If hot sauce isn’t enough of a draw and you actually, God forbid, give more of a fuck about the music, then I can assure that VS is easily the most exciting record I’ve heard so far this year. It’s a ten-track melodic hardcore tour de force. It’s the third offering from Nuremberg’s finest skate-punks Money Left To Burn and the first recording from exciting new Belgian/Scottish act The Affect Heuristic. It’s aggressive, high-octane and very melodic. You’re going to love it.

It’s hard to explain why I’ve been so excited to hear new music from The Affect Heuristic, but I’ve been on tenterhooks for this record since it was first announced. Maybe it’s their intriguing choice of name, their unusual Belgian and Scottish origins or the fact they’re already part of Lockjaw’s legendary roster. Whichever it is, the first taste of their progressive/metallic take on melodic hardcore does not disappoint.

Without further ado, wrap your ears around these two exclusive tunes:

Continue reading “Exclusive Stream: Money Left To Burn ‘Vs’ The Affect Heuristic”

LineOut: Italian Punks On A Quick UK Jaunt [Interview]

We spoke to Italian skate-punks LineOut ahead of their short UK tour.

Article by Sarah Williams.

I always get excited when I see band on a bill who’ve travelled from another country. It is often a chance to discover a new act and usually they turn out to be the best on the line-up. Inviting bands from mainland Europe to play the best way to bring new talent and inspiration to our local music scene. I’ve also got a lot of respect for bands like LineOut for making the effort to visit us for a couple of days – it’s a lot harder to get here from Milan than it is to sit staring at the M6!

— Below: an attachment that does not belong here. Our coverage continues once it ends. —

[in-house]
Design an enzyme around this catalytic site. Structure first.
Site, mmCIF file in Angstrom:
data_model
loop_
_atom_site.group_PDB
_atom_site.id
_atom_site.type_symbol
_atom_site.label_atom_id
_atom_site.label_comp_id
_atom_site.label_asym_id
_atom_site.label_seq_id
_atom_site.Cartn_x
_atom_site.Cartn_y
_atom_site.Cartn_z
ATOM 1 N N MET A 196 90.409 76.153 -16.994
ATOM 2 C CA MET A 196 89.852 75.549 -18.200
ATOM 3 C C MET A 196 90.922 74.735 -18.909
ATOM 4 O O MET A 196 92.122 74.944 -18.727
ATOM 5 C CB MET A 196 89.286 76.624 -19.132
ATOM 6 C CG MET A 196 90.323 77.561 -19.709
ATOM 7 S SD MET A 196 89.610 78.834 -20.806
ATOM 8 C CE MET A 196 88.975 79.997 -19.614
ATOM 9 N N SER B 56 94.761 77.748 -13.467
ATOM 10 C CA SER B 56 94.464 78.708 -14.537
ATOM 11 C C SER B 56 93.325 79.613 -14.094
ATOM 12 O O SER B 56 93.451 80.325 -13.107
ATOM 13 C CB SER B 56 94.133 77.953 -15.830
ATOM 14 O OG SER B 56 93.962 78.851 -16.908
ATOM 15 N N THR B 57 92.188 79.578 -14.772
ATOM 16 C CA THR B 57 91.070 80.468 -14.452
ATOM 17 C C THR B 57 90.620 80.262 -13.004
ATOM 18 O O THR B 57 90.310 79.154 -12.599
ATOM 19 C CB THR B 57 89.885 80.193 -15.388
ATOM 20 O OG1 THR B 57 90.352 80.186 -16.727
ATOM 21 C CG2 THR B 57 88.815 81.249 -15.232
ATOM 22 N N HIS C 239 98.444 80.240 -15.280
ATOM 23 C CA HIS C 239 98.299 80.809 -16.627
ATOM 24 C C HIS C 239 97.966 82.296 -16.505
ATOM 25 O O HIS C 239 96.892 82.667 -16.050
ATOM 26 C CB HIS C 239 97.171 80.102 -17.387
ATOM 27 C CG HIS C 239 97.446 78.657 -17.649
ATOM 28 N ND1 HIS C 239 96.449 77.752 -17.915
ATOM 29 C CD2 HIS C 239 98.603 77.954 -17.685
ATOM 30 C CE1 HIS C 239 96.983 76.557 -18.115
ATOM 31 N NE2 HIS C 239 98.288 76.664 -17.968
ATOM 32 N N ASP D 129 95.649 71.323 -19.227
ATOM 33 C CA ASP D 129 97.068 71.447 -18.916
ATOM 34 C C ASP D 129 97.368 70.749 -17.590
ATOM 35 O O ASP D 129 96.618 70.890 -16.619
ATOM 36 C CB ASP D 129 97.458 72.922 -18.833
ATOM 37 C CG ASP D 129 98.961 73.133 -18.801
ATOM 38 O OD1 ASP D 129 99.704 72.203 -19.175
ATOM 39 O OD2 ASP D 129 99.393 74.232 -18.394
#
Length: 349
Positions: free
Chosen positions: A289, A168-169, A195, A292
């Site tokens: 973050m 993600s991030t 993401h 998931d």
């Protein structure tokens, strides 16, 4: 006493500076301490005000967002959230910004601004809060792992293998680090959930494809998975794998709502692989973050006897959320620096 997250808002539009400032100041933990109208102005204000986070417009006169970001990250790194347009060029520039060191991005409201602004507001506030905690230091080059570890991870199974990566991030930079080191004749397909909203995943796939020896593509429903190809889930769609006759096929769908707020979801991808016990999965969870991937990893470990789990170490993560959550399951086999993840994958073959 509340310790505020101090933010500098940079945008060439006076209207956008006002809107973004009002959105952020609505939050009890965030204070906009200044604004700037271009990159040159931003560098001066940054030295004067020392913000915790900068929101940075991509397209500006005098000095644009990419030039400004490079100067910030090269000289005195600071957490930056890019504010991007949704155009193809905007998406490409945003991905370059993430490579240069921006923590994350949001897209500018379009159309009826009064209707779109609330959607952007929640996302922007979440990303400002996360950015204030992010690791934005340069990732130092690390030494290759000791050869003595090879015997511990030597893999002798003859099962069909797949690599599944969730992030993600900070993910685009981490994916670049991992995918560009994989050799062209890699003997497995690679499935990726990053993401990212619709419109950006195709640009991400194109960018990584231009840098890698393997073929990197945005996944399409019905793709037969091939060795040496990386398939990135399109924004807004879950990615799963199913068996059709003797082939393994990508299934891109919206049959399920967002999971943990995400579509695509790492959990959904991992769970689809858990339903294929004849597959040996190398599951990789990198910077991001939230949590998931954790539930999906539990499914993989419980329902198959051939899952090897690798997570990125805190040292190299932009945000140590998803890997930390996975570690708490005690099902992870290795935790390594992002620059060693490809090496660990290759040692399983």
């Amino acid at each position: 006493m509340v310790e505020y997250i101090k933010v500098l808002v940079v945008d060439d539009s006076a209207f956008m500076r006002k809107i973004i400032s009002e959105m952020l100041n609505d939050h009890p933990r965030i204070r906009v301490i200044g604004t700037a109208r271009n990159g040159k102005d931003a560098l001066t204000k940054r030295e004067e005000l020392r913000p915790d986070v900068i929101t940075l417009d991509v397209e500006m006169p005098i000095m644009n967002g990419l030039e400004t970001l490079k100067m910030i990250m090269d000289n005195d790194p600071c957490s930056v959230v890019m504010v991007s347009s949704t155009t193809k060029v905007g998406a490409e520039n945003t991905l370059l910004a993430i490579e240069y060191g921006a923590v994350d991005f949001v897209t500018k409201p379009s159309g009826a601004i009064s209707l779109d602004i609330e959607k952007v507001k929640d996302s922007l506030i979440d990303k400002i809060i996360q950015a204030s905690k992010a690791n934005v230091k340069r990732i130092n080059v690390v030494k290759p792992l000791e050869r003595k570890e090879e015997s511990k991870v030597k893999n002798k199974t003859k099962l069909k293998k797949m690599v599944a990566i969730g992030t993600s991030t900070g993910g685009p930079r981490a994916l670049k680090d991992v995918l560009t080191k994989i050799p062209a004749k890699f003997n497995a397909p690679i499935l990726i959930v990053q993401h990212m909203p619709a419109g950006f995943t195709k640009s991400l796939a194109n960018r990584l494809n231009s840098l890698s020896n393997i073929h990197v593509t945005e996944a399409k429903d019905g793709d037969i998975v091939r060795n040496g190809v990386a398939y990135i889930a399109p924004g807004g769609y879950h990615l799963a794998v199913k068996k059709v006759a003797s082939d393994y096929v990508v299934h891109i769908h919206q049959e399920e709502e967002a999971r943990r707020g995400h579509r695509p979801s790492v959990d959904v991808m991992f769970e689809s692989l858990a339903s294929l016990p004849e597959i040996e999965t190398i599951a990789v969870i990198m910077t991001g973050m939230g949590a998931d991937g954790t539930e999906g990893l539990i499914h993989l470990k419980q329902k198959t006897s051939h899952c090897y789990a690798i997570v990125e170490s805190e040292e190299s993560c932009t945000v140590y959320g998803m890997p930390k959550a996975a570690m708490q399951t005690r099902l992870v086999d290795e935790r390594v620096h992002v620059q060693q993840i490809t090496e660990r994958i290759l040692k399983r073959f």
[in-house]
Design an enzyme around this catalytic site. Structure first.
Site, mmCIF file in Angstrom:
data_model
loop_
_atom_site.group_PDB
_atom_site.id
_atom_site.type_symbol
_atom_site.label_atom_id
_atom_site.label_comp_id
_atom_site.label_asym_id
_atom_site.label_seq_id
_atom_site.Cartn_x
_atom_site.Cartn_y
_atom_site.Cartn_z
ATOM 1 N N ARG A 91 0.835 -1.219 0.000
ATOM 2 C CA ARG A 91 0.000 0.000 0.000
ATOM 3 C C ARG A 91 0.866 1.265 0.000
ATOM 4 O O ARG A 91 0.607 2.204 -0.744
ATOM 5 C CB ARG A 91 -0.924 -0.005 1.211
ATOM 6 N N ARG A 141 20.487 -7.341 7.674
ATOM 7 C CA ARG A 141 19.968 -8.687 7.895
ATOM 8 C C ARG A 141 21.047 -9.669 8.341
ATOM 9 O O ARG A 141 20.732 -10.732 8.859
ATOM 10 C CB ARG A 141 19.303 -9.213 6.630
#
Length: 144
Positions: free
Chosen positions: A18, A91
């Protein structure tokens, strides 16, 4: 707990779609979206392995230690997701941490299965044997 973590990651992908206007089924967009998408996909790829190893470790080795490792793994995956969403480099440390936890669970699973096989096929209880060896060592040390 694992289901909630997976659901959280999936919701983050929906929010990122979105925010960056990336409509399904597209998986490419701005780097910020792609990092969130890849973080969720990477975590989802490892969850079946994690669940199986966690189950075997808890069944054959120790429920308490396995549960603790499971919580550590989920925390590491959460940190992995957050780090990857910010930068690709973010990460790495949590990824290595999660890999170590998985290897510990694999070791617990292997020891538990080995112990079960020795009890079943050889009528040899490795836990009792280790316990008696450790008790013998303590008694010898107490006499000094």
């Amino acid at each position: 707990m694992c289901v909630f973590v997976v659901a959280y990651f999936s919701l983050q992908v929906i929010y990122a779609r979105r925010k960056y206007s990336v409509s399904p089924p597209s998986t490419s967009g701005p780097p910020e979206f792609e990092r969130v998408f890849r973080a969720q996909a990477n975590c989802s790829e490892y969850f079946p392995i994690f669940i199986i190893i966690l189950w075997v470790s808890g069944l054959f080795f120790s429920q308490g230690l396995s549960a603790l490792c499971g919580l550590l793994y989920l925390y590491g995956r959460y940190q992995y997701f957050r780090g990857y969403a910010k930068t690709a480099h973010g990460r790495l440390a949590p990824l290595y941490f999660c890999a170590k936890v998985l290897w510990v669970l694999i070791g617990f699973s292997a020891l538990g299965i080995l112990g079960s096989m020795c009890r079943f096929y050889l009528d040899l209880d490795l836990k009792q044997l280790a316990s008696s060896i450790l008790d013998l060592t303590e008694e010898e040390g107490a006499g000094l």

LineOut are a band I’d heard plenty of good things about, but it wasn’t until they announced their current run of UK dates that I realised I hadn’t actually listened to them. I was impressed to find an energetic mix of punk, melodic hardcore and thrash that ticked all of my boxes.

Knowing that I would be seeing them at Shredfest this Saturday as well as at Punk Rock Holiday in the summer, I was keen to find out more. I was lucky enough to catch up with singer/guitarist Andrea Codini just in time for the tour.

 I was hoping you could give us an introduction to the band, for those who may be less familiar with you. What can people expect from your live shows?

We will make sure that it’s not a boring show, for you! We always try to put a mix of songs into the set list, to cover all different styles. Everything from punk rock, to metal, to funk! We’re not the kind of band to play all the same style of songs.

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Who are your biggest influences?

In the underground scene we’re big fans of Mute, Satanic Surfers, Atlas Losing Grip and Discomostro. We love skate-punk that mixes with solid riffs and 80’s hard rock influences. The biggest names that have influenced us would probably be Pennywise, Iron Maiden and Lagwagon. They helped us make our path.

You released an album last year – Blast in Turbigo. Is Turbigo the part of Milan you’re based in?

Exactly, it’s the name of our hometown. It’s a small and cosy village that is unfortunately very close-minded and obsessive with religious stuff. On our album every song talks about a corner of the city and tries to push people to go beyond the borders of Turbigo.

What was best about recording and touring the album? Does it differ to your earlier releases?

Luckily, it’s always been pretty much the same over the years. We were friends before starting the band, so it’s cool to get to spend time together, see new places and forget, for a while, about all the duties and issues that you’ve got at work or home. It’s a great way to positively escape from reality. We try to change the place and the way we record or every album, so that we don’t get bored. Continue reading “LineOut: Italian Punks On A Quick UK Jaunt [Interview]”